The Iowa Watershed Approach (IWA) is a new five-year project focused on addressing factors associated with flood disasters in the state of Iowa. The IWA project will also provide benefits of improved water quality by implementing conservation practices outlined in the Iowa Nutrient Reduction Strategy.Continue reading
Big data requires big software and big ideas. This can be especially true when it comes to managing our water-related resources. Today, we have access to numerous data points about our soil and water that can assist in understanding current landscape conditions and to plan for the future. Information such as this is not useful unless it can be analyzed by the experts using software such as Geographic Information Systems (GIS).Continue reading
The permeable parking lot carried a price tag of about $260,000.00. The project would not have been possible without the Water Resource Restoration (Sponsored Projects) Program. The Sponsored Project program allowed Monona to defer a portion of the interest on its sewer project loan, and use those funds for watershed protection practices. The program is a joint effort of the Iowa Department of Natural Resources, the Iowa Finance Authority, and the Iowa Department of Agriculture and Land Stewardship. The permeable roadway project was also supported by the Sponsored Projects program.Continue reading
The Rathbun Land and Water Alliance was established in 1997 to promote cooperation between public and private sectors in an effort to protect land and water resources in the Rathbun Lake Watershed. The Rathbun Lake Watershed is located in the six southern Iowa Counties of Appanoose, Clarke, Decatur, Lucas, Monroe, and Wayne and covers 354,000 acres. Rathbun Lake is the primary water source for Rathbun Regional Water Association, which provides drinking water to 80,000 people in southern Iowa and northern Missouri.Continue reading
Throughout my time in Iowa, I would find myself at a field day or conference looking at a graph showing nitrate levels in water. Before volunteering with the Miller Creek Watershed Project, I saw this kind of graph as a series of data points along an undulating line without a concrete connection to the landscape. I drew conclusions about tillage and other land management practices, about weather, about the planting, growing, and harvest seasons, and how this all relates to water. I did not see how these data points, when taken together, tell a story about what is happening in a watershed.Continue reading
The Iowa Seed Corn Cover Crops Initiative is a new Iowa Department of Agriculture and Land Stewardship Water Quality Initiative project that will run through 2018. This project is through the Iowa Seed Association in collaboration with the Agribusiness Association of Iowa, the Iowa Farm Bureau Federation, Iowa Corn Growers Association, and the Soil and Water Conservation Society.Continue reading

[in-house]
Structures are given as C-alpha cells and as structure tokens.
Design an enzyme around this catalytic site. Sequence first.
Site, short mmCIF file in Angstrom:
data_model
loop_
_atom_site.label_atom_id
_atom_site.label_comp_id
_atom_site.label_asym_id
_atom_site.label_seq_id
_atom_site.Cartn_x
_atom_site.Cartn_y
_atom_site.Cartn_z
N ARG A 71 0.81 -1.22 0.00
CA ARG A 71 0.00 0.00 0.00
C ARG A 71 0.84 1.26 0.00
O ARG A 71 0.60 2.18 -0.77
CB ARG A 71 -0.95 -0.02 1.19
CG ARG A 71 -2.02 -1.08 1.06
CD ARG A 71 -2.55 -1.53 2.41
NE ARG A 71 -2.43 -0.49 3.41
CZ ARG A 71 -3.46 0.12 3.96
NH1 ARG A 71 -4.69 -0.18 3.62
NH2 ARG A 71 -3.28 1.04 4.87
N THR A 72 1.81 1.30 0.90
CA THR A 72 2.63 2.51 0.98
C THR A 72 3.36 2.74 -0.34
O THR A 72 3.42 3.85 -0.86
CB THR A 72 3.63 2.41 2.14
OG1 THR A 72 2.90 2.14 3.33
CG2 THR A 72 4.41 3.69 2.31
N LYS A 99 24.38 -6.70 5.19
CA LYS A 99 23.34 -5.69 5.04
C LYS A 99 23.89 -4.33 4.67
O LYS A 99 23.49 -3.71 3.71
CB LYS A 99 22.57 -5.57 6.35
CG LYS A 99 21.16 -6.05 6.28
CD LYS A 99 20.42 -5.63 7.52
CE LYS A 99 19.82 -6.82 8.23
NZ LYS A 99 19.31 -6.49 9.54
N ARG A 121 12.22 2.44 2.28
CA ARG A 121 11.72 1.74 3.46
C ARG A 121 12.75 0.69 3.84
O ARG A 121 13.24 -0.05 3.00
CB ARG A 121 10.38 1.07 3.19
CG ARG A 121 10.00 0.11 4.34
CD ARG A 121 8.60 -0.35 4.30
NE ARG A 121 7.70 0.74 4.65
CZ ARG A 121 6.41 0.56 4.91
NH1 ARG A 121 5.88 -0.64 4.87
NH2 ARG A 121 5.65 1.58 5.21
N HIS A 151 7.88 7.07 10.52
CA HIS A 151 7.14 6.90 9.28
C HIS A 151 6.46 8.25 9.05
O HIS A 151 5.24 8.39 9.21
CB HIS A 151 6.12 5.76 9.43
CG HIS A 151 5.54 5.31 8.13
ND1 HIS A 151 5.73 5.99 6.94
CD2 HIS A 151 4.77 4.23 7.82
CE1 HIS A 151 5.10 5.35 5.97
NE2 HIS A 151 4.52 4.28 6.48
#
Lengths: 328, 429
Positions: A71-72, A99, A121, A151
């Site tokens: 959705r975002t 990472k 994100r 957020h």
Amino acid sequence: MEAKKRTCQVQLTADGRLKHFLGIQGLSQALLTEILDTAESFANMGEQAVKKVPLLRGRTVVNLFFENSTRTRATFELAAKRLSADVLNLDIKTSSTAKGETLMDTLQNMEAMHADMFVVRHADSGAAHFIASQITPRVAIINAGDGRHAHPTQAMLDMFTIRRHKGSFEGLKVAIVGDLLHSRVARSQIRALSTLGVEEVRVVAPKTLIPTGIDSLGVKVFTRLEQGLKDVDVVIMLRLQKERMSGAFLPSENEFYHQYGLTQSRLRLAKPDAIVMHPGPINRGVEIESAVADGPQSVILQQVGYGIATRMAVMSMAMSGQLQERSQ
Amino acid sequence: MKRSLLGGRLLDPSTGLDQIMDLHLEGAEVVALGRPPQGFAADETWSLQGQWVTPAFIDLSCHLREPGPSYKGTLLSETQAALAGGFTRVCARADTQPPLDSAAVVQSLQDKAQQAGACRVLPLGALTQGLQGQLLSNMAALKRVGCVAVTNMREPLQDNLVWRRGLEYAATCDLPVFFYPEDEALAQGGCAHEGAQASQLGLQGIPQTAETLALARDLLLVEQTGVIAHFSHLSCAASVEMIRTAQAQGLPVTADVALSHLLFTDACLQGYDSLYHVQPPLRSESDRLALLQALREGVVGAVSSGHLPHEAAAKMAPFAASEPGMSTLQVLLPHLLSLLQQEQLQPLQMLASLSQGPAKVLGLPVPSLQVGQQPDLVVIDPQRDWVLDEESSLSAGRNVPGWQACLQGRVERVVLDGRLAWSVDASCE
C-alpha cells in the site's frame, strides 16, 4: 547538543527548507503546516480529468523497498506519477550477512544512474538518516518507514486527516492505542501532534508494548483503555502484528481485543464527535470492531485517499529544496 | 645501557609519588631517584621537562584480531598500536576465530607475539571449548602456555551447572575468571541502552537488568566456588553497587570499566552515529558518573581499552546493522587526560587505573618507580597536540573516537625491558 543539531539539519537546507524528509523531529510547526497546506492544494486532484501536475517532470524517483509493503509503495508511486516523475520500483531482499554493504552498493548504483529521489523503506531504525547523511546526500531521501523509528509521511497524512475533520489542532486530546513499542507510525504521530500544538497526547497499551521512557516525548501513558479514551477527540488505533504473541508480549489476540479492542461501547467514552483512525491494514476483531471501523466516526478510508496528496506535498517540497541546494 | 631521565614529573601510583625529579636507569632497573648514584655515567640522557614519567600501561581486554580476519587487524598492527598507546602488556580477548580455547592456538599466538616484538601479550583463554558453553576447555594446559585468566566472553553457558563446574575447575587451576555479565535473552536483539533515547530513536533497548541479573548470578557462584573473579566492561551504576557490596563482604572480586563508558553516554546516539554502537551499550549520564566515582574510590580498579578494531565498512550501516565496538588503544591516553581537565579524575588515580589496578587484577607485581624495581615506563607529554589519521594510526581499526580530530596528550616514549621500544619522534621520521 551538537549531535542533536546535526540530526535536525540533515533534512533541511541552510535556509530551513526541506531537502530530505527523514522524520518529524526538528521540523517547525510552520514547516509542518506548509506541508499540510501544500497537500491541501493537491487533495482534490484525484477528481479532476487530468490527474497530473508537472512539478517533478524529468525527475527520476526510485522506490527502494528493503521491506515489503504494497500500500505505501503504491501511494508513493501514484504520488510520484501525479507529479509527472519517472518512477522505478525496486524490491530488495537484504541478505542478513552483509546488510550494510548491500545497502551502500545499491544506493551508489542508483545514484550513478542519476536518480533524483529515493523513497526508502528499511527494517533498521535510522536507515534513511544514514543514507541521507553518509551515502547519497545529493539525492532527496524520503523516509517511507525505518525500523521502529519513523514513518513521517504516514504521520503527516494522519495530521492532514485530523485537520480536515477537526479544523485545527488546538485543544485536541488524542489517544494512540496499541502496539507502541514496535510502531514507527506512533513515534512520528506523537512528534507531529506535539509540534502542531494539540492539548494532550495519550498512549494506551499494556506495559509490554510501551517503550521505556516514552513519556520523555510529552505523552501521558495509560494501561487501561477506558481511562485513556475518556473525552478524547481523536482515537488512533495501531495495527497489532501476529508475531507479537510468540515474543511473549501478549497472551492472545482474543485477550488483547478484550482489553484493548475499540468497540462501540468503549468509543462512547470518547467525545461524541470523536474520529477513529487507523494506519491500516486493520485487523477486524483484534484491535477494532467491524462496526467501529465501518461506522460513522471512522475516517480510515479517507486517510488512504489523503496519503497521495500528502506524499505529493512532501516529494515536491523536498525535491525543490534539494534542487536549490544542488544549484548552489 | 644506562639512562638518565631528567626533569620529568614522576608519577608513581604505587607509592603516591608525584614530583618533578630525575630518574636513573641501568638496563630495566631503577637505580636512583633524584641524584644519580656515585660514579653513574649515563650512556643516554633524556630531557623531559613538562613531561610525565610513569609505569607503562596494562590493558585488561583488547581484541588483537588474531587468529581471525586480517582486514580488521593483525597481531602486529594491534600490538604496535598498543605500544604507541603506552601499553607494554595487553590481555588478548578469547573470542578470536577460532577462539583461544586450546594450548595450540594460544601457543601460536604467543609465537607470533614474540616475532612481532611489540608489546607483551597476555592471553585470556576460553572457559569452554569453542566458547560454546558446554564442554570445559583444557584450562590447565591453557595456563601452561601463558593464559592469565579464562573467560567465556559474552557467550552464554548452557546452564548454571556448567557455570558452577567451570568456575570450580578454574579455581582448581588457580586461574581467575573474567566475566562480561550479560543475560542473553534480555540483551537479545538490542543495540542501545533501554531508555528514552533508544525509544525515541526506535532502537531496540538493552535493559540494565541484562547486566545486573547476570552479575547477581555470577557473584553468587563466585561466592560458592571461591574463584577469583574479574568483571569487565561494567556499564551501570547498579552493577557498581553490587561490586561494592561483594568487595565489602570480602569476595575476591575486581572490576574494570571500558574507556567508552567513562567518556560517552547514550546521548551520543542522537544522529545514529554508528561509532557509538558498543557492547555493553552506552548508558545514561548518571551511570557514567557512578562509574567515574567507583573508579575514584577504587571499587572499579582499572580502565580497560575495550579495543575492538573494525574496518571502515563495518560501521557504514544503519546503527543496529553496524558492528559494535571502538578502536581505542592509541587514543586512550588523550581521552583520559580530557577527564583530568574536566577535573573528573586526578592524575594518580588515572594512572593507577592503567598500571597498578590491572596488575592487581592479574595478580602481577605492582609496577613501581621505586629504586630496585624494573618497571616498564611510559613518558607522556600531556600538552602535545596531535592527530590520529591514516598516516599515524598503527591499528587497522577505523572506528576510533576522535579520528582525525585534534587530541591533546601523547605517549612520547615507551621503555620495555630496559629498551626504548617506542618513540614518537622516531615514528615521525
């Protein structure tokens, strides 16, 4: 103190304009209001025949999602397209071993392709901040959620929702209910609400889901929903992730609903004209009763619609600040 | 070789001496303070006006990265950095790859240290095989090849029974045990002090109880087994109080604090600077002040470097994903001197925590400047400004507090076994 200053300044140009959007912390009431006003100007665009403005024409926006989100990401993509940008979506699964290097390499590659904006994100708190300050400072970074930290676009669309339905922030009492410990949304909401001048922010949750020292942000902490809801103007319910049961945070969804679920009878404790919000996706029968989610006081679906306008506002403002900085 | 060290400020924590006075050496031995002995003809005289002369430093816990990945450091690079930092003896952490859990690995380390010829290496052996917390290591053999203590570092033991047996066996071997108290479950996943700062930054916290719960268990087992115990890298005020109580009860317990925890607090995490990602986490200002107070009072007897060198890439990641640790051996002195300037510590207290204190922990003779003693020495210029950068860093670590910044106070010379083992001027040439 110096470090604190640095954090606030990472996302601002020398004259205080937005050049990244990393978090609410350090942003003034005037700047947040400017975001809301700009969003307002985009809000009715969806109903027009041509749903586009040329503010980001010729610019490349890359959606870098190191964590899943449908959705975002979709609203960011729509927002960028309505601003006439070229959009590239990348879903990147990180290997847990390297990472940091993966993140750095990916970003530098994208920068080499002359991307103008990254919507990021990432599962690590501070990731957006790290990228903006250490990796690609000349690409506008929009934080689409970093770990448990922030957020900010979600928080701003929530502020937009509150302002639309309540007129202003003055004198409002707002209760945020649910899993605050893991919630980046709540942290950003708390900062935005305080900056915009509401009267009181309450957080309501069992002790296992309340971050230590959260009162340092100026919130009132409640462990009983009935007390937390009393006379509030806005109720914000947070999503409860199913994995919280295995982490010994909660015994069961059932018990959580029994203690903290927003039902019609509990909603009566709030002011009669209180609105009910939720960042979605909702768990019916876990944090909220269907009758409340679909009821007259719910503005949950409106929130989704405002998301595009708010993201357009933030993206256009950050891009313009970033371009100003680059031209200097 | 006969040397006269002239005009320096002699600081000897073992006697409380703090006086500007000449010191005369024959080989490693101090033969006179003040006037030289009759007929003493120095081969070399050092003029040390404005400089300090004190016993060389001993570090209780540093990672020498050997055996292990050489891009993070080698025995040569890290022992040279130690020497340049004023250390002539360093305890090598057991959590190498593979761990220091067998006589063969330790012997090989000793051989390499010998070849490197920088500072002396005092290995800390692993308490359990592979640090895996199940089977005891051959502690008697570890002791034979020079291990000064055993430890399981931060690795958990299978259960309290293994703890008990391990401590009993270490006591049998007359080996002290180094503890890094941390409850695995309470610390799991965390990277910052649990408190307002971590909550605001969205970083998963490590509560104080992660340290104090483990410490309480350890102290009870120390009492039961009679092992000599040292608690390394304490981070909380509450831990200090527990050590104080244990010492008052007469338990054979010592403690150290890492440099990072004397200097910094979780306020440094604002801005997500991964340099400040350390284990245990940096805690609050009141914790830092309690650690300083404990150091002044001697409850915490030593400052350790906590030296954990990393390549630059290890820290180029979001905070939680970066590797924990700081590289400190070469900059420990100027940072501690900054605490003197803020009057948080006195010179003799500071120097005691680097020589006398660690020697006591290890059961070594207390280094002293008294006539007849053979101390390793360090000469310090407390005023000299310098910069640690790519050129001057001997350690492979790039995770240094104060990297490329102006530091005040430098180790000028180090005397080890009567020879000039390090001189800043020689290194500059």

A few weeks ago, approximately 70 Iowa-based water professionals came together for the Watershed Academy. This two-day event was co-organized by Iowa State University Extension & Outreach, Conservation Districts of Iowa, the Soil and Water Conservation Society, Iowa Department of Agriculture and Land Stewardship, and the Natural Resources Conservation Service. The Academy sought to provide the latest information on conservation practices and educational resources.Continue reading
On Friday, October 29, I had the good fortune of heading northeast to Parkersburg, Iowa for the Cedar River Watershed Coalition’s Fall 2016 meeting. This group has been convening since February of 2010, and I’ve made it to a few meetings in my time at the Iowa Water Center.Continue reading
In the water world, we talk a lot about working together. We all live in a watershed. The importance of partnerships. Work with your upstream neighbor to improve life downstream.
Sometimes, all it is, is talk. We say we want to work together, but it doesn’t happen, for whatever reason – maybe we can’t get together, we get busy with other things, we can’t agree on priorities. But the reason we talk about working together in water is because we do all live in a watershed. Working with your upstream neighbor DOES improve life downstream. Partnerships aren’t only important, they’re vital to success, and when we work together, impactful things happen.
Last week, 49 of the 54 Water Resources Research Institutes got together for the annual director’s meeting. The Virginia Water Resources Research Center planned the meeting this year (we had the honor last year) and for three days, we worked together.
A few droplets that represent the bigger “working together” stream:
-49 out of 54 WRRIs were in attendance. The meeting was in Washington, DC. The Virgin Islands made it. Alaska made it. Even Guam made it. (Actually, Guam director Shahram Khosrowpanah is a valued member of the NIWR board.) Distance didn’t preclude the Institutes from getting together.
-We heard from federal representatives that told us water resources research is headed toward the funding of collaborative, interdisciplinary research – multifaceted projects that address water resources not just from a technical perspective but also from a human dimension perspective. Water resources management IS the proverbial Big Picture. Research will treat it as such.
-Over a period of 24 hours, the Iowa, Illinois, and Tennessee Institutes went from chatting over a few sandwiches about potentially working on a regional effort to planning, identifying, and putting into action a plan to work with USGS Water Science Centers in our state and region to focus on making a difference in the Mississippi River basin. (More on that as it develops.) All three states have different priorities and run their Institutes a little differently, but we all have one goal.